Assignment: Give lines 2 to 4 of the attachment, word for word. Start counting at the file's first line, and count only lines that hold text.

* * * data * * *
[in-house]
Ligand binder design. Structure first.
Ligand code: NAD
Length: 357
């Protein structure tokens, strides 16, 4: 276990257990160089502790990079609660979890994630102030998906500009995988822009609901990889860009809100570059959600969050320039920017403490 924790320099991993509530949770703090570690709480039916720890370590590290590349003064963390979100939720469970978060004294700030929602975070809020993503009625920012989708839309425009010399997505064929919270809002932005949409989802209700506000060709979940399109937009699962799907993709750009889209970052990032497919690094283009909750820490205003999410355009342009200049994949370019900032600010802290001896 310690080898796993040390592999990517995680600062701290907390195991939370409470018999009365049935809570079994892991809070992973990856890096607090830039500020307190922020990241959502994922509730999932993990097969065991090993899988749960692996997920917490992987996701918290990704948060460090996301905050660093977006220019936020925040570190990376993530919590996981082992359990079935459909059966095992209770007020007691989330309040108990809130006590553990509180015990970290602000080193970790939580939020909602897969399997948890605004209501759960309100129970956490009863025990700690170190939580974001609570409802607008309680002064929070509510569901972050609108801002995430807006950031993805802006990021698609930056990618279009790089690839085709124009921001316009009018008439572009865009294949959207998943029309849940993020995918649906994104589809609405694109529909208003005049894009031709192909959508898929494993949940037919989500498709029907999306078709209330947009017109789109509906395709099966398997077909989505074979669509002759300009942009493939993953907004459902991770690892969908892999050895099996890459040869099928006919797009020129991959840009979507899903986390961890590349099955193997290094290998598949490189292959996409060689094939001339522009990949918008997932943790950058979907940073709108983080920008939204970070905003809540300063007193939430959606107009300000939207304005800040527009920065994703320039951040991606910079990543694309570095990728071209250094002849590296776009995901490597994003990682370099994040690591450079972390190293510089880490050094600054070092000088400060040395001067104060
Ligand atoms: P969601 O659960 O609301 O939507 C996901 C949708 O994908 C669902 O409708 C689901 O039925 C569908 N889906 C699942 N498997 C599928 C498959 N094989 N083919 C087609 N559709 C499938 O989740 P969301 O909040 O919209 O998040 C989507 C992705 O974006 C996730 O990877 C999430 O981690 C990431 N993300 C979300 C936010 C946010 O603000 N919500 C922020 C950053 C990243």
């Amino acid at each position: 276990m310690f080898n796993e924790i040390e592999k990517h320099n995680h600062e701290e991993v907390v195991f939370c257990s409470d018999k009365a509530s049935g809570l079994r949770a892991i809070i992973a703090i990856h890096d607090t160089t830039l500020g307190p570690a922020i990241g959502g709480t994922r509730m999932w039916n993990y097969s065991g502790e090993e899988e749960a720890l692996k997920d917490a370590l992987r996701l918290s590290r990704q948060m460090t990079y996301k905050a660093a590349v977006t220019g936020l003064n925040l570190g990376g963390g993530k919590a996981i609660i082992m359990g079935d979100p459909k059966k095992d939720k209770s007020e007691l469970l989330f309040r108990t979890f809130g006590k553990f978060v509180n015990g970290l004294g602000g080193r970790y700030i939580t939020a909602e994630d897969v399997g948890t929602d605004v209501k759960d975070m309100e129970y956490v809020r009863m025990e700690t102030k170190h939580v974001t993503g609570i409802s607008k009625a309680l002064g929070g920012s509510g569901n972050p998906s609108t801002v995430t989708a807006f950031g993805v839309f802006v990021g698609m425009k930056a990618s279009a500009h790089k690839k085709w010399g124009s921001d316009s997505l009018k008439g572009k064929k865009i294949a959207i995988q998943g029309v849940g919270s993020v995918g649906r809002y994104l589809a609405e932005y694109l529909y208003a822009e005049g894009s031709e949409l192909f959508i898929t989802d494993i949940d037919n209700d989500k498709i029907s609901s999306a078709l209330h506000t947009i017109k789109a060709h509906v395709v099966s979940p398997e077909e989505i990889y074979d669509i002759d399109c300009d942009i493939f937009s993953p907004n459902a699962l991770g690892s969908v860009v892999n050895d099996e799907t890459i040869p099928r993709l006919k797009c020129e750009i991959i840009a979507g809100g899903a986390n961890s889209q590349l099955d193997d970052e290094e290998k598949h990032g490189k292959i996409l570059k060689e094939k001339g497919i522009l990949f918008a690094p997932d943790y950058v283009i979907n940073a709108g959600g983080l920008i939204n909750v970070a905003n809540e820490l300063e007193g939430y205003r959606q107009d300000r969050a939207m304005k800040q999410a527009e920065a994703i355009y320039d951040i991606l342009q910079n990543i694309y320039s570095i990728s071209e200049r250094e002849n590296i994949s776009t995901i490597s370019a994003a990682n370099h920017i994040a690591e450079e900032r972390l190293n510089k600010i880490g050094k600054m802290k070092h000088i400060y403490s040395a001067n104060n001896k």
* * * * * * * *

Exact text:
Ligand binder design. Structure first.
Ligand code: NAD
Length: 357